2. Prepare a privacy policy for your website and ensure that it is visible. The privacy policy must include information about the data being collected, the purpose of data collection, the user’s rights relating to the data, your data security policy and the processes the user is to follow in order to maintain their rights under the GDPR. More on user rights in (4)
  3. If you’re using cookies, which the majority of sites are thanks to Google Analytics and other such utilities, then clearly display a notice notifying the user that you are collecting data and link that notice to your privacy policy so that they may make an informed decision.
  4. Put in place systems which allow the user to exercise their rights in relation to their personal data. What are these rights?
  • The right of access to their data
  • The right to require that their data be rectified
  • The right to request that their data be deleted
  • The right of access to their data
  • The right to restrict the processing of their data
  • The right to require that their data be transferred to another business
  • The right not to be subject to automated decision-making, including profiling
  1. If you build an email database using your customer or visitor data, they now need to be notified of your intent and the data points being collected.
  2. If you have an existing email database with people from the EU on it, those people now need to be asked for explicit consent before you can communicate with them any further. If you’ve had personal conversations in the past e.g. emailing Nan in the UK from your work email, you needn’t do this.
  3. If you’re collecting, processing and storing data from your site, you need to implement best practices to secure it as you’re responsible for that data. Adding an HTTPS SSL connection to your site, is a start as it makes it harder for the data collected to be compromised. Also, ensure that all your security measures are up to date to prevent data leaks and hacks.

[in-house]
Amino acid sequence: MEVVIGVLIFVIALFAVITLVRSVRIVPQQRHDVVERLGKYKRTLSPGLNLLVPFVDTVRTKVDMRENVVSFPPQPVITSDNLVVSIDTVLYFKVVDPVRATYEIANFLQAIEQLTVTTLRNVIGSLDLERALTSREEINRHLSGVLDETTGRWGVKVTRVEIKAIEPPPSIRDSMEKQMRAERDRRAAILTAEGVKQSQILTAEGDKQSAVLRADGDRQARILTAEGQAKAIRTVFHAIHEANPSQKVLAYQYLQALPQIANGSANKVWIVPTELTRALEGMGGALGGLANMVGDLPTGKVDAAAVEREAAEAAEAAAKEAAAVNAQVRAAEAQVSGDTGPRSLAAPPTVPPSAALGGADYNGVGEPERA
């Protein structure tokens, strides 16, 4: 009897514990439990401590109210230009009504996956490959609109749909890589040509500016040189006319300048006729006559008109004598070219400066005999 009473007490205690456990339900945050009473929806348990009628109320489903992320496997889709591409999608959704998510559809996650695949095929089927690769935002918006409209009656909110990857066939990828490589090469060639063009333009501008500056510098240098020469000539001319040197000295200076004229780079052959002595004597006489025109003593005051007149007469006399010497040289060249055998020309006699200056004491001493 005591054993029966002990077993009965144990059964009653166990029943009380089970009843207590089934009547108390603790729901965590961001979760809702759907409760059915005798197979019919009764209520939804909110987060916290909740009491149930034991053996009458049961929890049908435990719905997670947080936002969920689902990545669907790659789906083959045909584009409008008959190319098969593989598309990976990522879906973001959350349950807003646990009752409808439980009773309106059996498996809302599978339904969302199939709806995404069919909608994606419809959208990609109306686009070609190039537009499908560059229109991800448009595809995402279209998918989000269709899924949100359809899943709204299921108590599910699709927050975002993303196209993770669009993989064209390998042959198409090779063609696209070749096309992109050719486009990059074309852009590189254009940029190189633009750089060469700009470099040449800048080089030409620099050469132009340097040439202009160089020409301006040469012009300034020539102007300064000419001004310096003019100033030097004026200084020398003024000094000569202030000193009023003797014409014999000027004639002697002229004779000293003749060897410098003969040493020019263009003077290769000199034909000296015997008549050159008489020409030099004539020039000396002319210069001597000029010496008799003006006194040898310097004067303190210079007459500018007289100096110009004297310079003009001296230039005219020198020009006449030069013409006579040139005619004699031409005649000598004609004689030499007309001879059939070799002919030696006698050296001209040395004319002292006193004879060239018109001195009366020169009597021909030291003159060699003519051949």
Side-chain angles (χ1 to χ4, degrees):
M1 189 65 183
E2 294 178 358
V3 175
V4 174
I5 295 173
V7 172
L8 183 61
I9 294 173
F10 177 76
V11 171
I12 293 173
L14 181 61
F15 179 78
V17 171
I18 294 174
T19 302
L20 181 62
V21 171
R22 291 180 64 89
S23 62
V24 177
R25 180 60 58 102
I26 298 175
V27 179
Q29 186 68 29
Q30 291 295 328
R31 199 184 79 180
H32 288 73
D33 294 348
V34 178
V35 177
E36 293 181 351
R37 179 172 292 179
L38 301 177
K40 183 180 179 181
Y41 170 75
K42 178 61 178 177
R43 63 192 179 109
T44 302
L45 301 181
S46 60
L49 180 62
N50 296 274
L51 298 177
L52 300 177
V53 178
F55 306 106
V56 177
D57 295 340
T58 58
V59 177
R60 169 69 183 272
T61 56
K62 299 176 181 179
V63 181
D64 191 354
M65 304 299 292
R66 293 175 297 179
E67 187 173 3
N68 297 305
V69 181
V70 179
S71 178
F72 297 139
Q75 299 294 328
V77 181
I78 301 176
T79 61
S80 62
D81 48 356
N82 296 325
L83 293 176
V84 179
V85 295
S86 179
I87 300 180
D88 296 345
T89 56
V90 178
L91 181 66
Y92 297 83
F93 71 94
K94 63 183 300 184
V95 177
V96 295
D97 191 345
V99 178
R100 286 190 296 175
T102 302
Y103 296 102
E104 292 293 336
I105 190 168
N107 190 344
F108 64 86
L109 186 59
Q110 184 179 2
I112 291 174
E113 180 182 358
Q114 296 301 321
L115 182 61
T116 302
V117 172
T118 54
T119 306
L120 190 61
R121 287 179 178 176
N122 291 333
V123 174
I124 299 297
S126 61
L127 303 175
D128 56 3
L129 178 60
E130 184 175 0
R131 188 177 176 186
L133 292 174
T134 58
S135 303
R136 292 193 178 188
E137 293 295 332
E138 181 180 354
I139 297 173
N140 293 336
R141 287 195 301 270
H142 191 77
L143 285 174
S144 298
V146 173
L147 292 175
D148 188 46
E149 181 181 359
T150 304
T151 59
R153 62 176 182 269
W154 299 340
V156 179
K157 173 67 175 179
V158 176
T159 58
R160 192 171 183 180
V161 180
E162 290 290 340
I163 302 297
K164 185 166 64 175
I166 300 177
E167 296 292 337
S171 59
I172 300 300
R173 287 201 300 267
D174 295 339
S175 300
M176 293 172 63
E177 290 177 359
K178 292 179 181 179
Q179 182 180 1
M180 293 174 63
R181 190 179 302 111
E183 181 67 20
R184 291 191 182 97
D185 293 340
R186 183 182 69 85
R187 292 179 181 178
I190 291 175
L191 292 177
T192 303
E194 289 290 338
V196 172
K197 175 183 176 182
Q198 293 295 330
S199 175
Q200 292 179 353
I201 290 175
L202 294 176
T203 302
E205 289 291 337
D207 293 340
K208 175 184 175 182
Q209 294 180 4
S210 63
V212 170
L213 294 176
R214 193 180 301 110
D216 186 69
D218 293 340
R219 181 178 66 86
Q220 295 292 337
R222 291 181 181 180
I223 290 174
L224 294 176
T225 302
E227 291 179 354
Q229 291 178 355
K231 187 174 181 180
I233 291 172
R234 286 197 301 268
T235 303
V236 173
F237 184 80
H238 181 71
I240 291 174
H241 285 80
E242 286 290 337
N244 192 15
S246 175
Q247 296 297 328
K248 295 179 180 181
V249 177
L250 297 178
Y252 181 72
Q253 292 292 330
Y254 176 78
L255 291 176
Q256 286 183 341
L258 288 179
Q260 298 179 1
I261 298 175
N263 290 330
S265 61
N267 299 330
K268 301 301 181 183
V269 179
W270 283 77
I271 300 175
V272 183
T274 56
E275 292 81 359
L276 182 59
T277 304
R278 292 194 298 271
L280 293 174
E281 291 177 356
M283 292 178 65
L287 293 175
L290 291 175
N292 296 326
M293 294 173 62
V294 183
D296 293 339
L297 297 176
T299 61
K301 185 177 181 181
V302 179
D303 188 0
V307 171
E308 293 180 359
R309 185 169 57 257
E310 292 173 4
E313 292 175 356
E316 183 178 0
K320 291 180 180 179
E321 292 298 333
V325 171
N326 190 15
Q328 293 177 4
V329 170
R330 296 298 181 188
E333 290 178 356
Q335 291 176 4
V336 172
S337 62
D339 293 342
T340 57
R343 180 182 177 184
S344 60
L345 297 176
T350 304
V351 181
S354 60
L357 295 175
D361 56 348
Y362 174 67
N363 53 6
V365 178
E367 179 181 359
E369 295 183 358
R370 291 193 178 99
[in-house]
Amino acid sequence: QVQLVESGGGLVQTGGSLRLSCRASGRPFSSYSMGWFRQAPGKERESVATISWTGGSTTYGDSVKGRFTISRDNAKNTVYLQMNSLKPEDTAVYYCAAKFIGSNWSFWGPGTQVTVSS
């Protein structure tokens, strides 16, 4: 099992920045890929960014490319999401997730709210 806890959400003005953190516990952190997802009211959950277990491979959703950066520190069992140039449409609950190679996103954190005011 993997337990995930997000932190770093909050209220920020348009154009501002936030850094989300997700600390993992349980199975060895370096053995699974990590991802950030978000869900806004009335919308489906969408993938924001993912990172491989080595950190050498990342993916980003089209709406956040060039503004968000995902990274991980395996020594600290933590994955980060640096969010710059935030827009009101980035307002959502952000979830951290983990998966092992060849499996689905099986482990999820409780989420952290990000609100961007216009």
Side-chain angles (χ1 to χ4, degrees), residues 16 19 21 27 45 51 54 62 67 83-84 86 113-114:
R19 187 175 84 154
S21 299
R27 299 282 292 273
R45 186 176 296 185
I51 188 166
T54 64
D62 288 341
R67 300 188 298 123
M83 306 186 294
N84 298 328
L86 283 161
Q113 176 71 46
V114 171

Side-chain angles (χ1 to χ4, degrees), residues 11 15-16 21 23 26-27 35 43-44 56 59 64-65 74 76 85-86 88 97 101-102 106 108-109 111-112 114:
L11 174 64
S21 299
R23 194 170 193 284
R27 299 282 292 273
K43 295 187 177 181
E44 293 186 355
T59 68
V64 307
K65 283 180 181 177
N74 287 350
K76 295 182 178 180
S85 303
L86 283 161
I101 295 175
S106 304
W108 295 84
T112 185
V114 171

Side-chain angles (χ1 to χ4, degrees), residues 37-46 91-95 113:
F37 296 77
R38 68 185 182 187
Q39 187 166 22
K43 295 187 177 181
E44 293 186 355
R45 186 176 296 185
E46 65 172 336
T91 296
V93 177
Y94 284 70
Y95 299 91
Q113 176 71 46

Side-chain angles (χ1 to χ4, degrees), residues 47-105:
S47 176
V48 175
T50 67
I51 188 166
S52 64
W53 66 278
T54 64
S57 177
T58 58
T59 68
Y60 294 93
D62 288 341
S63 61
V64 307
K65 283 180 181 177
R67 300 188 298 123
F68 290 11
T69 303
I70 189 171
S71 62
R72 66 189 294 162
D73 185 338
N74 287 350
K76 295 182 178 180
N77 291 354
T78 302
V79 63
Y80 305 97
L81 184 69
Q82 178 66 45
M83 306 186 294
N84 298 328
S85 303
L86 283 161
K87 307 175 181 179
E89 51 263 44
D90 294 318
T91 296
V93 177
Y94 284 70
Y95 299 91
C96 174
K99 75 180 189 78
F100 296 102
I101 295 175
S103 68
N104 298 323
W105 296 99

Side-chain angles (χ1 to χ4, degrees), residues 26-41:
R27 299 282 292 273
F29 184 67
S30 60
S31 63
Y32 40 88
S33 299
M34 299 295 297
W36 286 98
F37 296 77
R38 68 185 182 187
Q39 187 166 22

The above should give businesses dealing with customers in the EU a general overview of what they need to do in order to comply with the new regulations. Depending on the business or website, there may be fewer or more changes that will need to be undertaken. With this precedent being set, it won’t take long before data privacy regulations are implemented in most countries and it is prudent to update your data policies and digital marketing tactics.

Because these law changes apply mostly to businesses with visitors from the EU, advertising to NZ audiences won’t be affected too much. In saying that, the largest advertising companies such as Google & Facebook have offices in the EU so the amount of data available to marketers will shrink which will make targeting harder. Many online businesses that relied on targeting using this data have noticed a collapse in traffic and conversions over the past week. Within the coming weeks we will better understand the implications of these law changes.
If you’re an NZ business that is dealing with customers or visitors from the EU, you should talk to your digital marketer / webmaster and ensure that your site and data policies comply with the GDPR. If you don’t have access to the above or they don’t know what to do then visit our GDPR form here: and we’ll get back to you. As a rule of thumb, GDPR compliance should cost you no more than $400, including an SSL certificate & installation.